2023-09-29T13:27:35-04:00September 29th, 2023|Press Clips|

Here’s how a government shutdown can cause a major financial crisis

By Chris Matthews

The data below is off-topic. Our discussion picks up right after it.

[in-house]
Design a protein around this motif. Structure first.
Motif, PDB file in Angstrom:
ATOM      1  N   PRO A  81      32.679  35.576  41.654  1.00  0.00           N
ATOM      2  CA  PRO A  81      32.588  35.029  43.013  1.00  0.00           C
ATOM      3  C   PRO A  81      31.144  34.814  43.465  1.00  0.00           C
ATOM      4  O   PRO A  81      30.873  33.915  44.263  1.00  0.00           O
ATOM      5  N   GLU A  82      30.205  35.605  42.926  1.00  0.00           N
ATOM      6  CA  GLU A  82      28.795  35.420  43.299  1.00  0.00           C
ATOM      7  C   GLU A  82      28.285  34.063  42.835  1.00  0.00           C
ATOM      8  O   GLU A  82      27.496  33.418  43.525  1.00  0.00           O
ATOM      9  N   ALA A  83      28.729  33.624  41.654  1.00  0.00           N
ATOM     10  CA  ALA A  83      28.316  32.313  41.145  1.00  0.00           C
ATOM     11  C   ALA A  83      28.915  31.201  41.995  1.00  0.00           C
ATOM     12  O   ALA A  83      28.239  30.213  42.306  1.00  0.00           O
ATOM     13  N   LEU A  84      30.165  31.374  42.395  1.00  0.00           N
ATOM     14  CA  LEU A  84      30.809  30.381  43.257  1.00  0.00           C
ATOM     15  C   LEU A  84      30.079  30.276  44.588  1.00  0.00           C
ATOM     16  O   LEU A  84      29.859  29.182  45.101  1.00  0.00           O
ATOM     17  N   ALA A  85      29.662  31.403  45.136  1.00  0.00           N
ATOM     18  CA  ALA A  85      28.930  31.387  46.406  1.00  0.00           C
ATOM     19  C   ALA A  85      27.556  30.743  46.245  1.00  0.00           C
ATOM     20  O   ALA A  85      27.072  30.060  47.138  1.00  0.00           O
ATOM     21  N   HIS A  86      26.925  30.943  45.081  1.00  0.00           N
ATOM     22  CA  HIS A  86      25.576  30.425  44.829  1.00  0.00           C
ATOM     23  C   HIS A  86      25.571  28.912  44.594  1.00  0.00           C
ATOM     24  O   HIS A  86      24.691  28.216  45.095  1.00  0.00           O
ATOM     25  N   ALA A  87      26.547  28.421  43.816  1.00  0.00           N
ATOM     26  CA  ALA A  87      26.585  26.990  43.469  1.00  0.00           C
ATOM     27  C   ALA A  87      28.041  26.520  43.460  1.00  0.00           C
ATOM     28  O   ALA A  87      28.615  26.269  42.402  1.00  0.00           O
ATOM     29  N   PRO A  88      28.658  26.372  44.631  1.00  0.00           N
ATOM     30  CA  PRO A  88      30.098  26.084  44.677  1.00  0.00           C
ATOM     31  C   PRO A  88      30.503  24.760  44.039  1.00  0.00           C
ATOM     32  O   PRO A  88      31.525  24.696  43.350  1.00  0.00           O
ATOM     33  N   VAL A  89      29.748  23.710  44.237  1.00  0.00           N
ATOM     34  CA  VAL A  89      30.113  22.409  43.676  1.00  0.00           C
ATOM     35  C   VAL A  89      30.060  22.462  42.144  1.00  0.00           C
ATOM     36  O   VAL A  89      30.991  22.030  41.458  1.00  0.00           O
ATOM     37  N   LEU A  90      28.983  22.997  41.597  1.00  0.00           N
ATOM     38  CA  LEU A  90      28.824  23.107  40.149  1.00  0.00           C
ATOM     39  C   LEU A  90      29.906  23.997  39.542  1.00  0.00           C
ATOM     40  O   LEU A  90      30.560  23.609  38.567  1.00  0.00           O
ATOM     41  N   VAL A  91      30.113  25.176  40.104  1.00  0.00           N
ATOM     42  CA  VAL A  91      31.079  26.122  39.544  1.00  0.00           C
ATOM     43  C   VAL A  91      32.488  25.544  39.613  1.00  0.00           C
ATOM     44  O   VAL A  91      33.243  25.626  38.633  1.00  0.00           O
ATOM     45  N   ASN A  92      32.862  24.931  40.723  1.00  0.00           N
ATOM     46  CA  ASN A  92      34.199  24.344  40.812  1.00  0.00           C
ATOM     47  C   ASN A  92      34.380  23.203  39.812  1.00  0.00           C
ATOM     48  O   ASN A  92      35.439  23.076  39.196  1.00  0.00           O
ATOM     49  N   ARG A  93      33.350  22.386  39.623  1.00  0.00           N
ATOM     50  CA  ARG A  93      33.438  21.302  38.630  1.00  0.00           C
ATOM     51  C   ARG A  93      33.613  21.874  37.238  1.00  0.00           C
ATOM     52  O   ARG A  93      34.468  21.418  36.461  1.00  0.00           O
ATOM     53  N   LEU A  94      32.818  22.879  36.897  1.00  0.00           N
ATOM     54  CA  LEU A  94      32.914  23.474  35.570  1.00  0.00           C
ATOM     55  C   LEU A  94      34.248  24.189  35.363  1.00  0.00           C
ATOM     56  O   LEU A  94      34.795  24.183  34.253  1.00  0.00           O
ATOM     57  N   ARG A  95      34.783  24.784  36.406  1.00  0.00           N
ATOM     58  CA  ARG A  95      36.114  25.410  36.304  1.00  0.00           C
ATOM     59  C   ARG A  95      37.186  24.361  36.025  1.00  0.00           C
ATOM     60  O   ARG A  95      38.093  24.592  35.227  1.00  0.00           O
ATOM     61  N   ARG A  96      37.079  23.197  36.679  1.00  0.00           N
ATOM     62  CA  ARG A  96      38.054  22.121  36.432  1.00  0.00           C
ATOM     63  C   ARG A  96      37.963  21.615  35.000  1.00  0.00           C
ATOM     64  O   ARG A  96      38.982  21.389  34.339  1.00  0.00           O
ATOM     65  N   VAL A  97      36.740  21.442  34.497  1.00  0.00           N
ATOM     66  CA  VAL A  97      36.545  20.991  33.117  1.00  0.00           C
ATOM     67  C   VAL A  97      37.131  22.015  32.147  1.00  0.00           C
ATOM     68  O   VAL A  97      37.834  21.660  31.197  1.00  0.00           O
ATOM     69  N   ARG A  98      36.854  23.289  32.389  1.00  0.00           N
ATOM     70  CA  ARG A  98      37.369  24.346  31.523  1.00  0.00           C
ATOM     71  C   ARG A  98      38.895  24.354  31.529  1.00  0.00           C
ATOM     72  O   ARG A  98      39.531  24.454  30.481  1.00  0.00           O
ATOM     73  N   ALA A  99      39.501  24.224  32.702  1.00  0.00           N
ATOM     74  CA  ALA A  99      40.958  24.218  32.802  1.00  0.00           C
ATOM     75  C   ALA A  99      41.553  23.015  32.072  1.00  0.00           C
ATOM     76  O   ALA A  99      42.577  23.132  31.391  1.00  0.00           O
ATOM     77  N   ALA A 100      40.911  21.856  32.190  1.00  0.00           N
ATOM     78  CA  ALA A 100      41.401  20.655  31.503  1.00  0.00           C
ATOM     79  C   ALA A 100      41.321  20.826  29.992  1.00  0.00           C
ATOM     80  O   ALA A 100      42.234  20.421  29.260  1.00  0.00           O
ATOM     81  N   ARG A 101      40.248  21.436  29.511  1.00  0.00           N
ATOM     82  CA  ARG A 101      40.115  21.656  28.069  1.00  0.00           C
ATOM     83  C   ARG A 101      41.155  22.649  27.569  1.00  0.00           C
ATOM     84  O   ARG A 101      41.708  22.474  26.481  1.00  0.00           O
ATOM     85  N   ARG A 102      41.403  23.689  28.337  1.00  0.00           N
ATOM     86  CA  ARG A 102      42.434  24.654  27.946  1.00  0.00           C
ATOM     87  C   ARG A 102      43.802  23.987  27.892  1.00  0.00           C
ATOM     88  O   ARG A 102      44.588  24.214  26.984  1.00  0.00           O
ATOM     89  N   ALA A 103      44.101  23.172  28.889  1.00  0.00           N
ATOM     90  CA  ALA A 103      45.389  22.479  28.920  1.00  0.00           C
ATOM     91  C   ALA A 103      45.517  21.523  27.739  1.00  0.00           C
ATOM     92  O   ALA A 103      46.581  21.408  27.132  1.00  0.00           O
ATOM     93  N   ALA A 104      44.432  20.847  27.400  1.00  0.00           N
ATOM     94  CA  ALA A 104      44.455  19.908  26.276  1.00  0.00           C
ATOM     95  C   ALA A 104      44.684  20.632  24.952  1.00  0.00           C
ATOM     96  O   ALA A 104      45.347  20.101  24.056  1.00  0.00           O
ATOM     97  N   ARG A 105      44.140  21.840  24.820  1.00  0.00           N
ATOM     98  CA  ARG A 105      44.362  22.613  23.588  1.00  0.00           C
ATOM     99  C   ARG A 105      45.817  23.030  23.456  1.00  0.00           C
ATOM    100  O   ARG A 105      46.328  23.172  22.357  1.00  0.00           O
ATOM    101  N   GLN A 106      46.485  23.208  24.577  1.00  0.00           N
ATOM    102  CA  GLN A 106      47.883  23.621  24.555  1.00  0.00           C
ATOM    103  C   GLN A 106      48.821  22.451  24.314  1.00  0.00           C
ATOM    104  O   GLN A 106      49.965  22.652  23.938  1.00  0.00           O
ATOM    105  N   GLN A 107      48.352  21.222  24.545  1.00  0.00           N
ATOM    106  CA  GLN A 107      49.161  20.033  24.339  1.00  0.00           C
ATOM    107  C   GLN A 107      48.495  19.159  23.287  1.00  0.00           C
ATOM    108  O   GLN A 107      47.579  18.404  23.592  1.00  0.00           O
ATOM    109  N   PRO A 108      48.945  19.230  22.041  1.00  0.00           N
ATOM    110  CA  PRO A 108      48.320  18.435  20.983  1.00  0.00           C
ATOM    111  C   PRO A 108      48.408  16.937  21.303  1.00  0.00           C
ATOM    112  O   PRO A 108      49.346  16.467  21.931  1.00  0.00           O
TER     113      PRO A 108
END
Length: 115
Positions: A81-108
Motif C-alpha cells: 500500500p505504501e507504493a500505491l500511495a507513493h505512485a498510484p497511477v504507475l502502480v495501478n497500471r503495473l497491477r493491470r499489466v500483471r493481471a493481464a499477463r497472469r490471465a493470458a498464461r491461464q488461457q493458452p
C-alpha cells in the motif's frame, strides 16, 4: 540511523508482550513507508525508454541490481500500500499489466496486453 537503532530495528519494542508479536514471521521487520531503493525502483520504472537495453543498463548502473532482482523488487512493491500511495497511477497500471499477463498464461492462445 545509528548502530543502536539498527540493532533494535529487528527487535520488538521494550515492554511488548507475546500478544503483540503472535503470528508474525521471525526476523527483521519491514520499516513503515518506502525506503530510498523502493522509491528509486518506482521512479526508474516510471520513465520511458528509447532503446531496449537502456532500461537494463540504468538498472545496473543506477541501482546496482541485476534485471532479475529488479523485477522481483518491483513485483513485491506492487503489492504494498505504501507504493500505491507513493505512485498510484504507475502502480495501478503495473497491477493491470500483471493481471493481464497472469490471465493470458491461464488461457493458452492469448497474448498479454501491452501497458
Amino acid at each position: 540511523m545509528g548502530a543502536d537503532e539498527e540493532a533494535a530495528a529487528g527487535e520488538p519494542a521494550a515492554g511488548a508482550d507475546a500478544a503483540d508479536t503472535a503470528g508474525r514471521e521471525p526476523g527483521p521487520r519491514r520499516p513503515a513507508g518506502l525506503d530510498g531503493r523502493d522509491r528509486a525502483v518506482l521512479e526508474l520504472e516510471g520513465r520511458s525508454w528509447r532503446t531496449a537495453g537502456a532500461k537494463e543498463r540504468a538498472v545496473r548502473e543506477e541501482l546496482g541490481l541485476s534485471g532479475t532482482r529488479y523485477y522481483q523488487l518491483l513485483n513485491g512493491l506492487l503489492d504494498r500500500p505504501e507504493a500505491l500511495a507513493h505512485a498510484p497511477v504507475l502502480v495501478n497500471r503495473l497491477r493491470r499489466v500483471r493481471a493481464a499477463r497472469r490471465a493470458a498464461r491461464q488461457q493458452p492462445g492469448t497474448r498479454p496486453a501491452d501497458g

As a government shutdown appears likely, Americans are preparing for disruptions to food aid, air travel, and much more. Worse yet, it’s also possible that a prolonged shutdown could contribute to systemic stress in U.S. financial markets. That’s according to Karen Petrou, managing director of the advisory company Federal Financial Analytics Inc. “Financial stability depends on part on critical financial infrastructure, particularly in the payment, settlement and clearing spaces, and a large and increasing amount of that infrastructure is outside the reach of the banking agencies,” Petrou said in an interview with MarketWatch……. Petrou also warned that recent fragility in the market for U.S. Treasuries, which has seen less liquidity and wider bid-ask spreads of late, could be exacerbated as global investors become less confident in the competence of the U.S. Congress. A third risk is that the millions of Americans who work for the federal government will have to without pay until the shutdown is resolved. Petrou said the ultimate hit to GDP may not be large, because federal workers are typically made whole after a shutdown ends. “But you’ve already got 60% of Americans living paycheck to paycheck, and we know that government workers in the 2018 shutdown were missing rent and mortgage payments,” she said. “That could undermine more vulnerable financial institutions, particularly nonbank online lenders.”